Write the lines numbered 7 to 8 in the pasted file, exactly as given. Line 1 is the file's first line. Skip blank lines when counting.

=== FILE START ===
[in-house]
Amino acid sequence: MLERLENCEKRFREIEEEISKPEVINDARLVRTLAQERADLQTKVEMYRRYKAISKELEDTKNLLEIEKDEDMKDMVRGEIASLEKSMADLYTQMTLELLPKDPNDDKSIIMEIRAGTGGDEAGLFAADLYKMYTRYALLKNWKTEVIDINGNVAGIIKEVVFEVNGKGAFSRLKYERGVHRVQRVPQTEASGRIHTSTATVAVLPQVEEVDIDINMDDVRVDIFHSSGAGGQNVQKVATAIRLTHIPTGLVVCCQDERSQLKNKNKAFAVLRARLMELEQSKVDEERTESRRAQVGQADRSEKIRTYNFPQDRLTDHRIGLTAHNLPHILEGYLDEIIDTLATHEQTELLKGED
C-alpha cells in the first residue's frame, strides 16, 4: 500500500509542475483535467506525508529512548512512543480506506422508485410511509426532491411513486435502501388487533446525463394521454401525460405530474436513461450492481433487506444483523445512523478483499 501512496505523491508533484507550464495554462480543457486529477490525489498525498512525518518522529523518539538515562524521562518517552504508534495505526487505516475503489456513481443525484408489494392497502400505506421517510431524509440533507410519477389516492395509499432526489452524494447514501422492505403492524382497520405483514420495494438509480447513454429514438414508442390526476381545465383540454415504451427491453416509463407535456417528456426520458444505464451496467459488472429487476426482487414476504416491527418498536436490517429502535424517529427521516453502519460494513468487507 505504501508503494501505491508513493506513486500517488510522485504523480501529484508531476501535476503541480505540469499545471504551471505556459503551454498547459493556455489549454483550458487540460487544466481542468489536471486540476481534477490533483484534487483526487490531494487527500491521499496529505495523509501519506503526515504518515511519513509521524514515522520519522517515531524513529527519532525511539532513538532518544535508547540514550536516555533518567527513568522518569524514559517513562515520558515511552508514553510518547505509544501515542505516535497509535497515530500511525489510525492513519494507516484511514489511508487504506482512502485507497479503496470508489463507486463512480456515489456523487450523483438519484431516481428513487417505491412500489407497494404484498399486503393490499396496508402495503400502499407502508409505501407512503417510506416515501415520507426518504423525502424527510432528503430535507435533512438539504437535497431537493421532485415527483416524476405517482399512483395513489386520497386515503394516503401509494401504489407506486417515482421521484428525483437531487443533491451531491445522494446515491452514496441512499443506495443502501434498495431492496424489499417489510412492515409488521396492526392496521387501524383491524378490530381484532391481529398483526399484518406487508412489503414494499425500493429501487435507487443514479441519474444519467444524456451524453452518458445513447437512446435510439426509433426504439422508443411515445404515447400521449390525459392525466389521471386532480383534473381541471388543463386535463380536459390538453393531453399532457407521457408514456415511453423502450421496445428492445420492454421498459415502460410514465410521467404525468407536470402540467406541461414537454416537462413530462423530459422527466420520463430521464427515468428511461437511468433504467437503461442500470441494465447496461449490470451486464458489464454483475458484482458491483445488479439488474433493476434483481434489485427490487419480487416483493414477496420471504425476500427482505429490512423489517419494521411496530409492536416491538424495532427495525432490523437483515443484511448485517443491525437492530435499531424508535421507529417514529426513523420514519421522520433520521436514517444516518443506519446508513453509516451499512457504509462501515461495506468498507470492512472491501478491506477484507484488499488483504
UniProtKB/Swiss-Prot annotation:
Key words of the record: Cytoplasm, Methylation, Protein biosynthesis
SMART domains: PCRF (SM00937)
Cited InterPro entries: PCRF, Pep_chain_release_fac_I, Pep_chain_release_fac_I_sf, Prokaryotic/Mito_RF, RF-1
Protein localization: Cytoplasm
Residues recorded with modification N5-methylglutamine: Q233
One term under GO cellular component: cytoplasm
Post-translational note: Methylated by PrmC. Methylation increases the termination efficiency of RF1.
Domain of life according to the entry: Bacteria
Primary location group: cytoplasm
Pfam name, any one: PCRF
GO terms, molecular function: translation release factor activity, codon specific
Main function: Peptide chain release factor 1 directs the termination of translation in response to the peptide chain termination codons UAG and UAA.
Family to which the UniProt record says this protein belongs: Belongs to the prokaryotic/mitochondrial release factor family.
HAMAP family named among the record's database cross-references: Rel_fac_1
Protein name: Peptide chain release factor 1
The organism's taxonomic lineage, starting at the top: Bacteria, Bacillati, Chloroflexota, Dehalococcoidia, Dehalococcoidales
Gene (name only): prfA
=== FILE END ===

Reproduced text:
Cited InterPro entries: PCRF, Pep_chain_release_fac_I, Pep_chain_release_fac_I_sf, Prokaryotic/Mito_RF, RF-1
Protein localization: Cytoplasm